The best grip for most pickleball players is the continental grip. To use a continental grip, hold the pickleball paddle as if you were attempting to hammer a nail with the side of the paddle. Alternative grips include the western grip, the eastern grip, and the eastern backhand grip.
The Best Pickleball Grip: The Continental Grip
The best pickleball paddle grip for most players is the continental grip. It is a pickleball grip that is more suited to hitting backhands and allows for good versatility of dinks, volleys, and topspin forehands.
The continental grip makes it easier to hit pickleball backhands without popping the ball up in the air. Since the backhand side is an area of weakness for many pickleball players, having a grip more suited to this side of the game can help balance out your play.
The continental grip is often also referred to as the ‘Hammer Grip.’ The easiest way to find this grip is to imagine you were trying to hammer a nail with the side of the paddle.
To correctly perform the continental grip, look down at your hand. Form a V between your index finger and thumb on the paddle handle.
Another way is to imagine your paddle handle split into eight bevels (like the grip on a tennis racquet). If the top bevel, sitting parallel to the sky, is bevel number one, in a proper continental grip, your index finger should be wrapped around bevel number two.
Though the continental grip is one every pickleball player should have in their arsenal, there are different grips you can try out if it’s not working for you. Beginner players may benefit from the eastern grip, for example. Check out the replacement grips below, try each, and work out the best one for you.
Alternative Pickleball Grips
The Eastern Grip (aka “Shake Hands grip”)
The eastern grip is perhaps the most ‘neutral’ of the grips, and works well for beginners and as an all-around option.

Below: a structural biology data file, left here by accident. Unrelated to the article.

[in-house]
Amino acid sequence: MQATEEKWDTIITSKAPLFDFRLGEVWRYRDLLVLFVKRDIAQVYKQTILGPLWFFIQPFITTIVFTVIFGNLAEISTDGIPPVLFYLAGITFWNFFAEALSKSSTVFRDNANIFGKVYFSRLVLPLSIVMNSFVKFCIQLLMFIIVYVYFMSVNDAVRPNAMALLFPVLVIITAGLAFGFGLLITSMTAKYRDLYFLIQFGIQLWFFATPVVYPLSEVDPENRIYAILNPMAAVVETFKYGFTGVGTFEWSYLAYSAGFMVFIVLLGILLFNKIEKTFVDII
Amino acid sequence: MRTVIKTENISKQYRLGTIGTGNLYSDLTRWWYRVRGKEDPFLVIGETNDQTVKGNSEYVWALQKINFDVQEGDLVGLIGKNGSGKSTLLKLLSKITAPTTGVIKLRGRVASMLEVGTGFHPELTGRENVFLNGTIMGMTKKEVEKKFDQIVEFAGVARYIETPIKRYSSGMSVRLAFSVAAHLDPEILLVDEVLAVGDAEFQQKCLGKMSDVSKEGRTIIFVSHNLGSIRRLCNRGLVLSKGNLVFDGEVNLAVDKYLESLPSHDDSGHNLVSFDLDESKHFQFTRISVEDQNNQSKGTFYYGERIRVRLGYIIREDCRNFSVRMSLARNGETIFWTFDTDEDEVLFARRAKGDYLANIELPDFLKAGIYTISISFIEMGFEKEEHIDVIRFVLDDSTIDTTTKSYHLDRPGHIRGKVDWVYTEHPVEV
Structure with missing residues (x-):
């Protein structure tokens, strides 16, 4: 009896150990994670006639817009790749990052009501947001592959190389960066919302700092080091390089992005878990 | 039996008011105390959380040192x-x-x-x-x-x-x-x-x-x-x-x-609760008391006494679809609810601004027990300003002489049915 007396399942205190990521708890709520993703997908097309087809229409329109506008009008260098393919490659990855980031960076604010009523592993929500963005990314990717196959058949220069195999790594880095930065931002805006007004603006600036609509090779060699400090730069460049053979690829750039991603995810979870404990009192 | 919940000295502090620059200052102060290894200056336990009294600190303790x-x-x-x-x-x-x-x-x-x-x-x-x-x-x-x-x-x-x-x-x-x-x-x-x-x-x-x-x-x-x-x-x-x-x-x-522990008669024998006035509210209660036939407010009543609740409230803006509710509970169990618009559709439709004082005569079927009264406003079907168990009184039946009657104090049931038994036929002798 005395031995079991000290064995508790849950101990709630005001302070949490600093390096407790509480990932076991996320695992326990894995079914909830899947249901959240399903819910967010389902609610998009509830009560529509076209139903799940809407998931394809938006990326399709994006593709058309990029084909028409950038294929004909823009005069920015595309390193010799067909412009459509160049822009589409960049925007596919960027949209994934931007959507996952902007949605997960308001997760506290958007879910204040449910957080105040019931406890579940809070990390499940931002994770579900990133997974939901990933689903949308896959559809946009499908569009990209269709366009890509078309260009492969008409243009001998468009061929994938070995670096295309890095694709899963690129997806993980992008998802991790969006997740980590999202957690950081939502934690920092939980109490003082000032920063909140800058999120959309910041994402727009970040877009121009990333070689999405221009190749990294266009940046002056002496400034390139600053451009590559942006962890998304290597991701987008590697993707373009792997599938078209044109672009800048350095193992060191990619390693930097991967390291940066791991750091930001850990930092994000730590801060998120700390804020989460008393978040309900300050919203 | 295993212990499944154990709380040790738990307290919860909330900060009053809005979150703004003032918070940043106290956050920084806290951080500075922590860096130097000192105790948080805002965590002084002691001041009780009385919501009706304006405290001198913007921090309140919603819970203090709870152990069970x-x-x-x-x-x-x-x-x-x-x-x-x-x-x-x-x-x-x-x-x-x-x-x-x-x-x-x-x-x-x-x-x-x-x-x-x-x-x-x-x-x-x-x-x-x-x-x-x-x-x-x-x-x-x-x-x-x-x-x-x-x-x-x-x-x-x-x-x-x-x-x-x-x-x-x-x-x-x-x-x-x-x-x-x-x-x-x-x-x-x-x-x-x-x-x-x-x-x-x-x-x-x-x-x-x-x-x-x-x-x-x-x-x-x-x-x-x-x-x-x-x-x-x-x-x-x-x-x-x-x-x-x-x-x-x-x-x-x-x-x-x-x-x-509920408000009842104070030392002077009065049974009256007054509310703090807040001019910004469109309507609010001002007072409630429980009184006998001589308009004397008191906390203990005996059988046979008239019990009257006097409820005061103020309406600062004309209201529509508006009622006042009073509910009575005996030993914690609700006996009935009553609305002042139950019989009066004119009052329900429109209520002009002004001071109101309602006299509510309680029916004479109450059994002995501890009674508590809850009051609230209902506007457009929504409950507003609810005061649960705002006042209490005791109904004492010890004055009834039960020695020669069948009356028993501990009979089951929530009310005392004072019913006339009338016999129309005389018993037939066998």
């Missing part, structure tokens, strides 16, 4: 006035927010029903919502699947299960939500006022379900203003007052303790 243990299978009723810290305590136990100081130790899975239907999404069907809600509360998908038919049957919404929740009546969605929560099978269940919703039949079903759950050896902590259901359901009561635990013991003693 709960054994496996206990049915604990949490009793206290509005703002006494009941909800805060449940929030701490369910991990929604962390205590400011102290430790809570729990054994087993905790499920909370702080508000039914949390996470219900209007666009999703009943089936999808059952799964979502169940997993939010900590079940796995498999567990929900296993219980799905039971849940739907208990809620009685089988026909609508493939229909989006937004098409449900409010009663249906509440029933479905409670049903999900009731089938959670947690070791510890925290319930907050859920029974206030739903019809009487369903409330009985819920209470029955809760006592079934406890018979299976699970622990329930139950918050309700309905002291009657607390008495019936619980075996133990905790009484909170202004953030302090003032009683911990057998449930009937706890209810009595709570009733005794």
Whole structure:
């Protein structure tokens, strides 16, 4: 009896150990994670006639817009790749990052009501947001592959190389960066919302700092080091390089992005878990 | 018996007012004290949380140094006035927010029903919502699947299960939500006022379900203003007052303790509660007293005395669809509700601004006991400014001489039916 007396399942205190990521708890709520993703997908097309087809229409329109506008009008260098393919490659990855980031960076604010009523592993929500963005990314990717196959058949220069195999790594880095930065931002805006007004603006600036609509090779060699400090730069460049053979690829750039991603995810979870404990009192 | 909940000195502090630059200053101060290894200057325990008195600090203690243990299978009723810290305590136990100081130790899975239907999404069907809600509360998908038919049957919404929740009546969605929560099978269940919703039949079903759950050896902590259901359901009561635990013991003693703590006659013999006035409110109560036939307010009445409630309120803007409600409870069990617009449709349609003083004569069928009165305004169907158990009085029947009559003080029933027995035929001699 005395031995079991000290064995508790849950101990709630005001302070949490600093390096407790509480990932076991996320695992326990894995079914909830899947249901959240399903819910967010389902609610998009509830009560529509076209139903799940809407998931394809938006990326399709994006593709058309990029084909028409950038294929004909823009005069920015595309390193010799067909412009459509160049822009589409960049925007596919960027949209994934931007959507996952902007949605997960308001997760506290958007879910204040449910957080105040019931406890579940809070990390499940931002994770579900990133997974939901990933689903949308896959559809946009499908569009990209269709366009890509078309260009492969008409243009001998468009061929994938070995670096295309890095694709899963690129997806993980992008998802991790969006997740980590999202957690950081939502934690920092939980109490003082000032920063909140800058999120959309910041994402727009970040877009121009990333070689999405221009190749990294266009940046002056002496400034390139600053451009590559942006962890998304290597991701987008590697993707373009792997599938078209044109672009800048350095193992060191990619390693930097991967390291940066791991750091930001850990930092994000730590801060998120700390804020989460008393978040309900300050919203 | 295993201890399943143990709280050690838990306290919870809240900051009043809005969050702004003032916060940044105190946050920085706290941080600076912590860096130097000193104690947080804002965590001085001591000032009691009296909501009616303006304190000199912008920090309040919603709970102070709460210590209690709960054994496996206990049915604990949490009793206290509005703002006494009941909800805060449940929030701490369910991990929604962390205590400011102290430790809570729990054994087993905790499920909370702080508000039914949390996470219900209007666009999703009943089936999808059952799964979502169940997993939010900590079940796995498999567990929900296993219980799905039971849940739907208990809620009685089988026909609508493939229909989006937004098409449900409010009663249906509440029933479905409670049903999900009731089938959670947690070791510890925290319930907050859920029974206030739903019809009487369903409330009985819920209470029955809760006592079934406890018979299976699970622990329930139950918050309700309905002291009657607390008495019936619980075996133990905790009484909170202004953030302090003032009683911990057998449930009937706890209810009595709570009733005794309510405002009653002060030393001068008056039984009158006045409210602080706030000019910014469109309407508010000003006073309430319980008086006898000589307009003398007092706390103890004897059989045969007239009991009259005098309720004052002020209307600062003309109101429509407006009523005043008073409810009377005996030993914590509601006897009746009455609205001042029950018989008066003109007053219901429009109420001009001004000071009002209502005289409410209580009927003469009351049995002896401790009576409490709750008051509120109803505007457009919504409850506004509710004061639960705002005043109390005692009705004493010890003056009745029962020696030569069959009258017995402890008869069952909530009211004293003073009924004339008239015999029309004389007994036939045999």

It’s often given the nickname ‘the shake hands grip.’ This is because when it is used successfully, your hand should be positioned as if you are shaking hands with the pickleball paddle grip.
The great benefit of the eastern forehand grip is that (despite the slightly confusing name) it can be used for both forehands and backhands without change. This can give you a competitive edge. You’ll be ready to hit your shot much faster than if you had to move to a different grip.
The Eastern Backhand Grip
The eastern backhand grip is another popular tennis grip. It works in the same way as the eastern forehand grip, but is slightly rotated.
The eastern backhand is popular with players who like to hit a one-handed backhand stroke.
The Western Grip (aka “Frying Pan Grip”)
The western grip is sometimes referred to as the ‘frying pan grip.’ This is because you hold the paddle as if you were attempting to fry an egg on the face of the paddle.
The western grip allows you to create a lot of topspin on your forehands and generate a lot of power through your shots. However, it can create difficulties when attempting to create the correct angles for backhands. This is why you’ll see many people favoring the continental instead of the western.
A slight variation on the western is the ‘semi-western’ grip. This is one of the most popular tennis grips, so it can be a good option for tennis players transitioning to pickleball. To use a semi-western grip, find the western position, then rotate your hand very slightly to the right (for right-handed players) or the left (for left-handed players).
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